The manner in which a shunt capacitance affects the operation of a transformer is fully described in the aforesaid copending application, Serial No. 745,555. Briefly, the leading power factor current drawn by the capacitance between the primary winding and the tertiary winding and the magnetizing component of the exciting current of the transformer are substantially 180 out of phase. Thus, the transformer may be so constructed that the leading power factor current substantially cancels the magnetizing component of the exciting current or the capacitance provided may be such as to draw a leading power factor current which is even larger than the magnetizing component of the exciting current. This means that even when the transformer is not connected to a load across the secondary winding S the transformer may be constructed to draw a leading power factor no-load current. In the latter case, the leading power factor no-load current drawn by a transformer, such as disclosed, will olfset the lagging power factor current being drawn elsewhere in a distribution system to thereby increase the overall efficiency of the distribution system.

In the arrangement shown in FIG. 5, the tertiary winding T may be utilized to provide either series or shunt capacitance. As indicated by the table in FIG. 6, when the switch 1 is open and the switch 2 is closed, the connections are similar to those shown in FIG. 3 and the capacitance between the tertiary and the primary Winding has the effect of a series capacitance. When the switches 1 and 2 are both closed, the tertiary winding T is connected to one terminal of the primary winding P and the capacitance between these windings has the effect of a shunt capacitance. When the switch 2 is open and the switch 1 is closed, the tertiary winding T is not connected to either one of the other windings and there is no effective capacitance between the tertiary winding and the other windings.

It is to be understood that other forms of electrical inductive apparatus utilizing the teachings of the present invention may be provided with different arrangements of the insulation between the turns of the respective windings. For example, instead of utilizing separate layers of sheet or film insulation between the turns of the primary winding and the secondary winding the layers of conducting sheet material may be coated with an insulating material, such as enamel.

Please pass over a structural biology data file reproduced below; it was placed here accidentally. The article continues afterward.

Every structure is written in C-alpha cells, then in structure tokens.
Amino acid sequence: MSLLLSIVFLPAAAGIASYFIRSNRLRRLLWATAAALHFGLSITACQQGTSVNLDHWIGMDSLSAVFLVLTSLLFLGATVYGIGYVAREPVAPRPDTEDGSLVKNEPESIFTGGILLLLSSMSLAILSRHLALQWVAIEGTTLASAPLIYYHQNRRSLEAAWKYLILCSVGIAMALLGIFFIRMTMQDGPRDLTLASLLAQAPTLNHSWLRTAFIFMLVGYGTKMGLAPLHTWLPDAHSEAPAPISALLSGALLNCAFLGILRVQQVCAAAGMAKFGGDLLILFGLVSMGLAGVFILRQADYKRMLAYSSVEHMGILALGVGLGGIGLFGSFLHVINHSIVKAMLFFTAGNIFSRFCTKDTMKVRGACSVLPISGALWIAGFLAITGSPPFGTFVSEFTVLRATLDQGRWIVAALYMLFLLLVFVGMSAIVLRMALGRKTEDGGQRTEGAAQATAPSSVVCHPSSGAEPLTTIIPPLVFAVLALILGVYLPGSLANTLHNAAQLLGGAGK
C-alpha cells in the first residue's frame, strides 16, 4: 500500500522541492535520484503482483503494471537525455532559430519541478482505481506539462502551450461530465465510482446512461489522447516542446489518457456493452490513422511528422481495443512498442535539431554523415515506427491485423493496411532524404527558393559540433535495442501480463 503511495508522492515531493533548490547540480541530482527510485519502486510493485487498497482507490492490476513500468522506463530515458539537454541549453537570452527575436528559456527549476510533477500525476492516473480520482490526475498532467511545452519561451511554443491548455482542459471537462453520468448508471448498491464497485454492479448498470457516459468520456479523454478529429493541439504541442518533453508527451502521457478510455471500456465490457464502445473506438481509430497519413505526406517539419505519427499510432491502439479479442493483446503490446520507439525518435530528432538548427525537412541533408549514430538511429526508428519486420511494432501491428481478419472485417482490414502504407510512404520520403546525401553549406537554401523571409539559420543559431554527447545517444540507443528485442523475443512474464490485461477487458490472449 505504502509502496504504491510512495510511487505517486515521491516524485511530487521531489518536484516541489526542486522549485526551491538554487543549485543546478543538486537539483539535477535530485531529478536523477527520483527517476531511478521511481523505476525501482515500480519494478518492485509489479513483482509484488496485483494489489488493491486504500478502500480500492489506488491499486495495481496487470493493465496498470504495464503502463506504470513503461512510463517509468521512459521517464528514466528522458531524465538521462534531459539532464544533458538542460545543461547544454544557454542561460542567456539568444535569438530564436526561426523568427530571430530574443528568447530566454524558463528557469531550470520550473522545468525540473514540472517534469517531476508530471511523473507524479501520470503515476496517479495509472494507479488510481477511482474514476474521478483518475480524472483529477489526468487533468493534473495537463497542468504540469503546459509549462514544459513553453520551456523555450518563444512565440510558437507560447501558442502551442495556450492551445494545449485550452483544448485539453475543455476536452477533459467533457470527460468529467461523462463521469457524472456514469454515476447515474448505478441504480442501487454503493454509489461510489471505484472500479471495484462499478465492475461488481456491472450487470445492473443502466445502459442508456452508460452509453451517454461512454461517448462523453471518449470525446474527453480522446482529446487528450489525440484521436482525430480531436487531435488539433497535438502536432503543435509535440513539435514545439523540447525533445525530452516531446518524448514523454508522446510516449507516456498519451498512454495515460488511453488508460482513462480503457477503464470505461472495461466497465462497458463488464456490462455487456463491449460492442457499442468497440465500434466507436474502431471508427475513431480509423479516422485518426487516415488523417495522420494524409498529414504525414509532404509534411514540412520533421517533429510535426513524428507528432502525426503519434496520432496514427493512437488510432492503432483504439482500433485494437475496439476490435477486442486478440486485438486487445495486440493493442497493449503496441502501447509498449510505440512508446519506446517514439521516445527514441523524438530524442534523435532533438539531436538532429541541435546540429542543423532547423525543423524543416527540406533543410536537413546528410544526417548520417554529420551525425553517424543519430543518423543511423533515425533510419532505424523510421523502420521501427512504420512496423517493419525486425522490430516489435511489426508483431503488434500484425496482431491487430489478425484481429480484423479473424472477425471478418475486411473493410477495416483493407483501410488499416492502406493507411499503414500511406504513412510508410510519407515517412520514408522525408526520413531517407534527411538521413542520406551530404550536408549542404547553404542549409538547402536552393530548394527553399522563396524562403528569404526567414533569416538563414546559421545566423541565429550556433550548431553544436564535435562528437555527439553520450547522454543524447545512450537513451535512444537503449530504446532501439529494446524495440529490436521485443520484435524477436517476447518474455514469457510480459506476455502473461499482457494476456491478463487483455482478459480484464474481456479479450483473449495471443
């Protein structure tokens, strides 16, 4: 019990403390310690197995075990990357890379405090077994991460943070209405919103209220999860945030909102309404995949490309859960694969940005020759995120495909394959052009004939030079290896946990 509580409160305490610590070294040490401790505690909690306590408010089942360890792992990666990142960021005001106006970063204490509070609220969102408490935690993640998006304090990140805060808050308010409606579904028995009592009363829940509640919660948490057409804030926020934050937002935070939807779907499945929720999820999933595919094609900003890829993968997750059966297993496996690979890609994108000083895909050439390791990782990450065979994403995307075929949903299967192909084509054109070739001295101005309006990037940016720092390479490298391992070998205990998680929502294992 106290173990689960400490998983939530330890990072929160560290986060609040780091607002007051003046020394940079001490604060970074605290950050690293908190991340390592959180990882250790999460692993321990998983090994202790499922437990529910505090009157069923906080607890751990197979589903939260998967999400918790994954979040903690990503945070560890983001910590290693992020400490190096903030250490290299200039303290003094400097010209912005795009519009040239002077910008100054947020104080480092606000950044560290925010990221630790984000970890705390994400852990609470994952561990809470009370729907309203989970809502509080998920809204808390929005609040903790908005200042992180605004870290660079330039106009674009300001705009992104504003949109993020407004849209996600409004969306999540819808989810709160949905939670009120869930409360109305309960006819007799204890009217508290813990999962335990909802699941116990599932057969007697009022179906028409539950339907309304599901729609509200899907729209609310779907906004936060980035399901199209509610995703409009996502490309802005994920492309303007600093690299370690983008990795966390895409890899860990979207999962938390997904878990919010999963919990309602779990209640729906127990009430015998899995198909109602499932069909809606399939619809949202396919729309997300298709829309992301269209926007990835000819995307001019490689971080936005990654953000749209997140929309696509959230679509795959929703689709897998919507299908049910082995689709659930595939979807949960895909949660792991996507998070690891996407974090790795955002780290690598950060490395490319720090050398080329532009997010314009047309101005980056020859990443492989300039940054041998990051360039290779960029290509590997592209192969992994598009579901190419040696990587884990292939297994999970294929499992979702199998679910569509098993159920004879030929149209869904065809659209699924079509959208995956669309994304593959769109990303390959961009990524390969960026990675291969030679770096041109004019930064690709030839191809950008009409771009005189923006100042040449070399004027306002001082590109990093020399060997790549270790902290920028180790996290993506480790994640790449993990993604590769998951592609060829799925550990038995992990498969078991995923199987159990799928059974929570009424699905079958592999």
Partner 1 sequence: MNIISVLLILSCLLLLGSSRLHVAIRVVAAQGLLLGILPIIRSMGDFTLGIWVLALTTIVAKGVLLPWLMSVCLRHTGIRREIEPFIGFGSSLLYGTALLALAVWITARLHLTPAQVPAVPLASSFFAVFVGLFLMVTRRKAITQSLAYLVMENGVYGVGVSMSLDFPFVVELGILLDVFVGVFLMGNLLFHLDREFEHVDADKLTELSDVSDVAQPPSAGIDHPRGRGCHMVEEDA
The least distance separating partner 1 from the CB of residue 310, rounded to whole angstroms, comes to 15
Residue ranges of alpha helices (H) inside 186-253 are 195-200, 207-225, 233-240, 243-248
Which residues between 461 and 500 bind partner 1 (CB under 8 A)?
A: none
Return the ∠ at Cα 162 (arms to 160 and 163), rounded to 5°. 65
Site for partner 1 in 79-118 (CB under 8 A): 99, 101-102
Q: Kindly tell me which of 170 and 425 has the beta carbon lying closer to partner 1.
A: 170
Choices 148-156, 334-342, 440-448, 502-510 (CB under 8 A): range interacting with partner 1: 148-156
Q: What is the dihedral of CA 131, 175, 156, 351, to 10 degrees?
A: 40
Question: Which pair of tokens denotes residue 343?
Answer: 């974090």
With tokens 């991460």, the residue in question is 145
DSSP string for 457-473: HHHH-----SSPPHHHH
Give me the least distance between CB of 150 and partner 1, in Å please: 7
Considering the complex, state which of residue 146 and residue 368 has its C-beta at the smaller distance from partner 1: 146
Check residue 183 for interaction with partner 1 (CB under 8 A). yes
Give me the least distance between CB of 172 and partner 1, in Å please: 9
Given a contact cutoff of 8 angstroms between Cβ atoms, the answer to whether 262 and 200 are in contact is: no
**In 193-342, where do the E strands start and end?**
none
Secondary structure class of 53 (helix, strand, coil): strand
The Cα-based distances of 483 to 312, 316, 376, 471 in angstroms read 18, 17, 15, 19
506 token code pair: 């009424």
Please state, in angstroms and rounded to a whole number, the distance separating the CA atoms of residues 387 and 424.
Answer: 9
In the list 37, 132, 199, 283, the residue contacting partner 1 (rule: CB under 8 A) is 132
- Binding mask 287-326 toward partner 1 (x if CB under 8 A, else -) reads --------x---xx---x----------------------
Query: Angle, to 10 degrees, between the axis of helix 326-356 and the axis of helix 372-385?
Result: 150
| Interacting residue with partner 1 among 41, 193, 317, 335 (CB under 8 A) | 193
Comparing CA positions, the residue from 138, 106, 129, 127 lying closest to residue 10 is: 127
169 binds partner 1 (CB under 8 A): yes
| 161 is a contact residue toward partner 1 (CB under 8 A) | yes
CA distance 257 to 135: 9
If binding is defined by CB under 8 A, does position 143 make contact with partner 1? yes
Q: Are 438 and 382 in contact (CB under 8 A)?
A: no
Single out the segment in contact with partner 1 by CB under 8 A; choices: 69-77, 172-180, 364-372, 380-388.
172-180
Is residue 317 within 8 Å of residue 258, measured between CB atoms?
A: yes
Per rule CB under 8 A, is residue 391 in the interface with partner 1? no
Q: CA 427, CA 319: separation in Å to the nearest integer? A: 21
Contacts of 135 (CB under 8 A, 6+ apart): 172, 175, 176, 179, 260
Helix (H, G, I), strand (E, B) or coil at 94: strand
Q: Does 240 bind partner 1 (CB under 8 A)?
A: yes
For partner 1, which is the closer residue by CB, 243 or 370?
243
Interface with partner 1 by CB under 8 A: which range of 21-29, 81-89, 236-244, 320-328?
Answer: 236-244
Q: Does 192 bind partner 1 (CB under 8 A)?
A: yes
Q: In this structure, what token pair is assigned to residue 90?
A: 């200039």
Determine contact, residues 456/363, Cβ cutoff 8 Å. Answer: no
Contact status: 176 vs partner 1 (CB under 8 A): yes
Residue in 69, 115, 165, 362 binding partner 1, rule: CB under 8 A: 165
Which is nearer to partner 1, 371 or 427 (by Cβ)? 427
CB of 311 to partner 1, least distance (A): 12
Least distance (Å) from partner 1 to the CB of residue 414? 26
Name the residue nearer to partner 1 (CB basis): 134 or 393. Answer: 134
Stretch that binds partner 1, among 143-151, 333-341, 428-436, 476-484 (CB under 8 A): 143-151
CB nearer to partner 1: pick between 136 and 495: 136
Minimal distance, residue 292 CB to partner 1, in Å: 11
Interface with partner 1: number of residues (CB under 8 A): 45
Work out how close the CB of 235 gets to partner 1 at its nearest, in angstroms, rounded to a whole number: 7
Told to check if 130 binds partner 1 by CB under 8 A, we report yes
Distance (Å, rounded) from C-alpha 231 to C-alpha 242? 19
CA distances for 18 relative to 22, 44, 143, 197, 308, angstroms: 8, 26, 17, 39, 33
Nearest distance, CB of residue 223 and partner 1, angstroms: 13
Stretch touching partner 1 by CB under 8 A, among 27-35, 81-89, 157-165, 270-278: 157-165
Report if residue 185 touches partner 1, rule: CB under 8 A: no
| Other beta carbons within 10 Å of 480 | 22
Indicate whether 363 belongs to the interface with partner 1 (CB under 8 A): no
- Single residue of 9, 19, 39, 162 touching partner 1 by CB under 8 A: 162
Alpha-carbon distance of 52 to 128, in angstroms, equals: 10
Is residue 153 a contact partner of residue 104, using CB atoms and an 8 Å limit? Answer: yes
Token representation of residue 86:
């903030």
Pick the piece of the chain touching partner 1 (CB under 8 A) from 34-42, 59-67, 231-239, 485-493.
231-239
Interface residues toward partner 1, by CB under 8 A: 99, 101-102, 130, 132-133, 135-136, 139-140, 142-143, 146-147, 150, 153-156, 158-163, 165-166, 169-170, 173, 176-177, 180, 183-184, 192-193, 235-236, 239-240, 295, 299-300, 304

It is also to be understood that in higher ratings of transformers where the use of relatively massive conducting material is objectionable because of mechanical difiiculty in winding turns of such material or because of excessive eddy current losses, two or more winding groups may be wound in accordance with the teachings of this invention and assembled on a common core. As an alternative arrangement, the single layers of conducting material may be replaced with a plurality of layers of conducting material disposed adjacent to each other in a radial direction and wound into a single winding group.

Other winding arrangements, well known in the art, may be utilized, if desired. For example, the tertiary conductor may be introduced at any stage in the winding process. It may or may not be of the same length as the primary or the secondary, may or may not be interposed between them, and may or may not be started simultaneously with either of the other conductors.

From the foregoing description it is apparent that the utilization of the tertiary conductor as disclosed removes the restrictions cited at the beginning of this specification and provides flexibility in the utilization of the transformer windings. Furthermore, no metallic connection between the primary winding and the secondary circuit is required. The capacitor dielectric is separated from the insulation between the primary and the secondary windings. Variable capacitance may be provided with a single tap changer. The effective plate area of the capacitor is not restricted to that provided by the secondary conductor, but may be changed by changing the number of turns in the tertiary winding.

Electrical apparatus constructed in accordance with the present invention has several advantages. By connecting the windings to obtain a shunt capacitance, the advantages of the construction disclosed in the aforesaid copending application, Serial No. 745,555 are obtained. Thus, a reduction in the exciting current of a transformer may be obtained.

When the winding connections are such as to provide a series capacitance, the advantages set forth in copending application, Serial No. 786,468 are obtained. In this case, a leading power factor compensation is obtained which varies with the load current being carried by the transformer. This feature is effective to improve the voltage regulation of an electrical distribution system on a continuous basis, rather than in steps as with a conventional tap changing transformer.

Since numerous changes may be made in the above described construction and different embodiments of the invention may be made without departing from the spirit and scope thereof, it is intended that all the matter contained in the foregoing description or shown in the accompanying drawing shall be interpreted as illustrative and not in a limiting sense.

I claim as my invention.